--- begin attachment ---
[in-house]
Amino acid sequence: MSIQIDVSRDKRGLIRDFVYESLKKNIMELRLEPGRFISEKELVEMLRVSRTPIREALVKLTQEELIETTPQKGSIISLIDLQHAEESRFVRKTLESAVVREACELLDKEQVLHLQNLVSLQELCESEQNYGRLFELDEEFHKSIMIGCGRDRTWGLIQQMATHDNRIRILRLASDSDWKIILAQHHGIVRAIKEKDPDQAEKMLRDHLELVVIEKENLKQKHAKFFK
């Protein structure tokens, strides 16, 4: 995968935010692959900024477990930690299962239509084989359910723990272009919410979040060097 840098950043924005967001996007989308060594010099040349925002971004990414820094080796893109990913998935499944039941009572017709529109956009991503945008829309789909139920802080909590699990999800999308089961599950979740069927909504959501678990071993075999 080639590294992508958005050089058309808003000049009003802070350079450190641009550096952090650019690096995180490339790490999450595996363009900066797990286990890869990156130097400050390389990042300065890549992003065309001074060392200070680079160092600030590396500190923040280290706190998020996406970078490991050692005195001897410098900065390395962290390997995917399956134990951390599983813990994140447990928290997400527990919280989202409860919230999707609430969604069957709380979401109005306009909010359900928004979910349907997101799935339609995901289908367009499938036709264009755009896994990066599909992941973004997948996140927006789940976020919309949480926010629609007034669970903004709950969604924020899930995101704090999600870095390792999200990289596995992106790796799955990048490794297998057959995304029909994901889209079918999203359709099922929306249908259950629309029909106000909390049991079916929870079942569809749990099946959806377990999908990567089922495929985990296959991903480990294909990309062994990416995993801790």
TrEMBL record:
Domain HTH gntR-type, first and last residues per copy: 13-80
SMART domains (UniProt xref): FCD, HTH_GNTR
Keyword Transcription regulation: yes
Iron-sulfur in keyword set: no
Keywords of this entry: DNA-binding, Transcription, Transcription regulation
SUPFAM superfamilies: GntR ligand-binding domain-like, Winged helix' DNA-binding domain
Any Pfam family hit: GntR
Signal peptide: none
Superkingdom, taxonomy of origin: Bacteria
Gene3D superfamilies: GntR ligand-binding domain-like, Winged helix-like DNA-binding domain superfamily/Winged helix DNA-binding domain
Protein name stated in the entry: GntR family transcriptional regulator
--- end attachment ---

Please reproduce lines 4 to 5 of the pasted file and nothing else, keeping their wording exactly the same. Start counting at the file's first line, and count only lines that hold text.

TrEMBL record:
Domain HTH gntR-type, first and last residues per copy: 13-80